Understanding how immunity to pathogens develops is crucial for progress in the
quest for effective vaccines. Intraspecies and interspecies cross-reacting antibodies are produced
in high frequency against immune-relevant and shared microbial epitopes. It has been
confirmed that cross-reactive antigens may have a crucial role in natural epidemiology to a
particular infection and that cross-protection may influence the outcome of natural infections.
On the other hand, the action of cross-reactive antibodies may be very harmful for the host. In
this review we discuss both the defensive and offensive capabilities of cross-reactive antibodies.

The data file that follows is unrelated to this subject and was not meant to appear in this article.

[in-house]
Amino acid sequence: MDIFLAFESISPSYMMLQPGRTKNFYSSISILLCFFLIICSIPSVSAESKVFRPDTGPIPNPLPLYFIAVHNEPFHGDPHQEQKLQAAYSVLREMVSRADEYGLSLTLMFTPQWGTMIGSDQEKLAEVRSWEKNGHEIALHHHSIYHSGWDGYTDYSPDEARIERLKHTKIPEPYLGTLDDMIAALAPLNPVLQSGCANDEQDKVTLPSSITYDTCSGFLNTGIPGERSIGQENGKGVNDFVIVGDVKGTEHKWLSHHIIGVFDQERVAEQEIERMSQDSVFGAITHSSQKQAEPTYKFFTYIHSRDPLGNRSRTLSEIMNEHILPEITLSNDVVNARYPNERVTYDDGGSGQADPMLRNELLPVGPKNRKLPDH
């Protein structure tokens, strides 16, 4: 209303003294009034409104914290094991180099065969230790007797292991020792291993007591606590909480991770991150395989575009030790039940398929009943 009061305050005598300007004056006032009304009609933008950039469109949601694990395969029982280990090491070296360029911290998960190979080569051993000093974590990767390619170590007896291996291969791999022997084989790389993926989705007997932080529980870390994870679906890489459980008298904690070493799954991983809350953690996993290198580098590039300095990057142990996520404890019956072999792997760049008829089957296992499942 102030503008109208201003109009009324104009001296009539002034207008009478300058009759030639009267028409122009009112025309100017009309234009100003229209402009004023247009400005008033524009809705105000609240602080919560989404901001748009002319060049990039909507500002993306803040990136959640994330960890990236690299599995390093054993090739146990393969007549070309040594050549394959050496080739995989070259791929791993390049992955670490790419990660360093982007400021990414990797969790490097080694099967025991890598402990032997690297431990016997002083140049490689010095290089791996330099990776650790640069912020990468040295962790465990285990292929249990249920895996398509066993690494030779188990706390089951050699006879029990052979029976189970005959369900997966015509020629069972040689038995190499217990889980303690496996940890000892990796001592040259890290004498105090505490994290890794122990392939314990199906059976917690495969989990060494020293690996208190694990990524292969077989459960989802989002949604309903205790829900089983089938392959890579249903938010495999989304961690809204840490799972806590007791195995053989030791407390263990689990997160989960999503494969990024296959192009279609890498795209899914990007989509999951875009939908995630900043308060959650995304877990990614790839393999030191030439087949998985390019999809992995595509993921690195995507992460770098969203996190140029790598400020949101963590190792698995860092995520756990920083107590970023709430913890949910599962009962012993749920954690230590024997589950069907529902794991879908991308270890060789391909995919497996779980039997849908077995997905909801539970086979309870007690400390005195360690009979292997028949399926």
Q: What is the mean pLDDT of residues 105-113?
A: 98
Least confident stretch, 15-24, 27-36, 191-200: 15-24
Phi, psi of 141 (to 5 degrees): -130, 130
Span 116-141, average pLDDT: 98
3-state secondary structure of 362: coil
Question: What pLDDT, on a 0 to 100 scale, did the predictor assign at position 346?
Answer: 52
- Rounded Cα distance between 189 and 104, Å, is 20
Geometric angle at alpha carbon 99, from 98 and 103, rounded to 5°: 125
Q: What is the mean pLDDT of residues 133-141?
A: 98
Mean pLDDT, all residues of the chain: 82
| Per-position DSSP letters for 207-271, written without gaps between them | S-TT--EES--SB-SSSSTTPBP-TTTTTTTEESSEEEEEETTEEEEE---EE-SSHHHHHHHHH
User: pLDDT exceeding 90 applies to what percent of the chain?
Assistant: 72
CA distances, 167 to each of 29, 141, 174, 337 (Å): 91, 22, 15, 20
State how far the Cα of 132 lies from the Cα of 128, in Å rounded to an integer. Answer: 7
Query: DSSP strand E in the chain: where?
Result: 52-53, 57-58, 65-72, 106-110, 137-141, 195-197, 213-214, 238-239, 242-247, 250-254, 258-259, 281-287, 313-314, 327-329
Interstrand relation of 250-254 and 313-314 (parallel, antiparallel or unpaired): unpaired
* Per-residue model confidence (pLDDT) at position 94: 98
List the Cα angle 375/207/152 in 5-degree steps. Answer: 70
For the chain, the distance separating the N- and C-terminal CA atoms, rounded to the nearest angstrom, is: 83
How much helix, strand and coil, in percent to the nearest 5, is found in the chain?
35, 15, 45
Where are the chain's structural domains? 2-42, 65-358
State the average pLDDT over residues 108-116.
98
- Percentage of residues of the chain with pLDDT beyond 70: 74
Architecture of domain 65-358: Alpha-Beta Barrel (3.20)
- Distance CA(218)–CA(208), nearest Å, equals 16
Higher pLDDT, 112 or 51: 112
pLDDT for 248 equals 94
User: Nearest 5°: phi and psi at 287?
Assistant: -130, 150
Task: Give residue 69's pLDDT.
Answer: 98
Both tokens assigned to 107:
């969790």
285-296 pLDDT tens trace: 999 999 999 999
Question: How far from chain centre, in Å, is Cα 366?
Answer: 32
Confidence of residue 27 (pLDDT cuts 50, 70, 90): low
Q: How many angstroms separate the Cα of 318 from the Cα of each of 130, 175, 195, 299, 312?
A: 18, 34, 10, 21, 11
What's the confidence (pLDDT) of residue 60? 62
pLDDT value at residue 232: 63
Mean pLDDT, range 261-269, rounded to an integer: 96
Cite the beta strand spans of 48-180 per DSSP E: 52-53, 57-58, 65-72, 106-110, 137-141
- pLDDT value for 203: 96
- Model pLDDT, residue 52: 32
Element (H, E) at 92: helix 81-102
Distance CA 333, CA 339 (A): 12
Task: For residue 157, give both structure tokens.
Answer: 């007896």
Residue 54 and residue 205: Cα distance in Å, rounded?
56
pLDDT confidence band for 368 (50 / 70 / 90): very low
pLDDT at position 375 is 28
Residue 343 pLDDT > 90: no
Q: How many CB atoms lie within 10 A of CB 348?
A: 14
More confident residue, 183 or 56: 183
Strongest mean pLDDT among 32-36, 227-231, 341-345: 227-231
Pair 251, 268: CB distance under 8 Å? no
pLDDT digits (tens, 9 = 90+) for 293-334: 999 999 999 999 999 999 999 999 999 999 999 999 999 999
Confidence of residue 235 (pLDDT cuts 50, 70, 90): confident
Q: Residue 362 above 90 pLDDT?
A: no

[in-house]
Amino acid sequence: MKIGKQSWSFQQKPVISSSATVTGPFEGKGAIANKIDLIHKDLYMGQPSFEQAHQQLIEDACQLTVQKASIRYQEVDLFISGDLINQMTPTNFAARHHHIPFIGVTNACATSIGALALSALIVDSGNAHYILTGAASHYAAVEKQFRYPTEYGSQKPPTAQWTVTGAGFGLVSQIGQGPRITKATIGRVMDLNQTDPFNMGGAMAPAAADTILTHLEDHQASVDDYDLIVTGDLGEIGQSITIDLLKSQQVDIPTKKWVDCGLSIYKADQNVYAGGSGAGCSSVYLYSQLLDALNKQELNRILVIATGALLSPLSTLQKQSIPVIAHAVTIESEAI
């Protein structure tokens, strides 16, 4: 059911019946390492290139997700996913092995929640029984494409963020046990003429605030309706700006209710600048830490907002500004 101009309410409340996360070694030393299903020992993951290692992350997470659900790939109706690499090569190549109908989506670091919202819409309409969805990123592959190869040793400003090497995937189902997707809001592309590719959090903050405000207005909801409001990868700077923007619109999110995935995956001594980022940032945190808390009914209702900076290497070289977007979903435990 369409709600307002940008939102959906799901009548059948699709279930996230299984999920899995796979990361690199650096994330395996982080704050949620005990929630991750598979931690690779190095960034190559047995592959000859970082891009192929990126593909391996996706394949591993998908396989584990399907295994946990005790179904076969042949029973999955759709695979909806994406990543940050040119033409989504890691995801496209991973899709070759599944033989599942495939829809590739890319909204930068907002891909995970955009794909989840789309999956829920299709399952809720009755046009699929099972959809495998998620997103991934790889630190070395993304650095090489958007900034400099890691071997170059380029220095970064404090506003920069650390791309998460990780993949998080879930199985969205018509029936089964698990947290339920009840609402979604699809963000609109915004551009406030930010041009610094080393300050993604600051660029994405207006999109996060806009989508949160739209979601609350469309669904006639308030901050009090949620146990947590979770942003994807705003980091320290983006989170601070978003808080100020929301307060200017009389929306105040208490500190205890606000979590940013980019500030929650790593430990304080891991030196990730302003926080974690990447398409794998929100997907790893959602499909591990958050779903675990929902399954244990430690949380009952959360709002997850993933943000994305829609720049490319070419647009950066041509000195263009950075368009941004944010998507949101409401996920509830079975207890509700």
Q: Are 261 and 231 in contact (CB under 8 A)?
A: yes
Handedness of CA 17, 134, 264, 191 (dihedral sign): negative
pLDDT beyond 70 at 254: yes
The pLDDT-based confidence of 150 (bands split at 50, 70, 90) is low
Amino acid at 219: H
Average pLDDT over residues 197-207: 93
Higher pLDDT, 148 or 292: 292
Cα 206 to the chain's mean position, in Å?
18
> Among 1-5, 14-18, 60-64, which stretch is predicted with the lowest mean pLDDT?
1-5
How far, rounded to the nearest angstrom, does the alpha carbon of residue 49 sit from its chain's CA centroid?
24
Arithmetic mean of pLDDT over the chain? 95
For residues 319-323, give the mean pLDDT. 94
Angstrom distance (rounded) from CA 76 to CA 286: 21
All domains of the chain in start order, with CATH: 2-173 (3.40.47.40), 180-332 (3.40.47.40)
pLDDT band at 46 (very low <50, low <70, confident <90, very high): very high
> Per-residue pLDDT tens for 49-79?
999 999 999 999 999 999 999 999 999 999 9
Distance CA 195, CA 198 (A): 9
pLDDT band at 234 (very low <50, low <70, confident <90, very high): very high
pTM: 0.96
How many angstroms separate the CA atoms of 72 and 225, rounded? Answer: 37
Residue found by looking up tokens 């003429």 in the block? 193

The defensive properties are discussed with regard to the beneficial cross-protective interaction
of these antibodies against various microorganisms including viruses, bacteria, fungi
and protozoan parasites. We summarize the current knowledge of numerous effector functions
of these antibodies such as agglutination, neutralization of infectivity, complement activation,
phagocytosis enhancement, and antibody-dependent cellular cytotoxicity. We also discuss the
offensive action of cross-reactive antibodies including their detrimental effects in exacerbation
of the infective diseases, as well as autoimmune diseases and allergy as a result of inappriopriate
or deleterious inflammatory response associated with host tissue destruction. The
factors influencing cross-protective capacity of antibodies are also presented.
Keywords: Antibodies, cross-reactivity, polyreactivity, cross-protection, molecular mimicry, immunity to pathogens,
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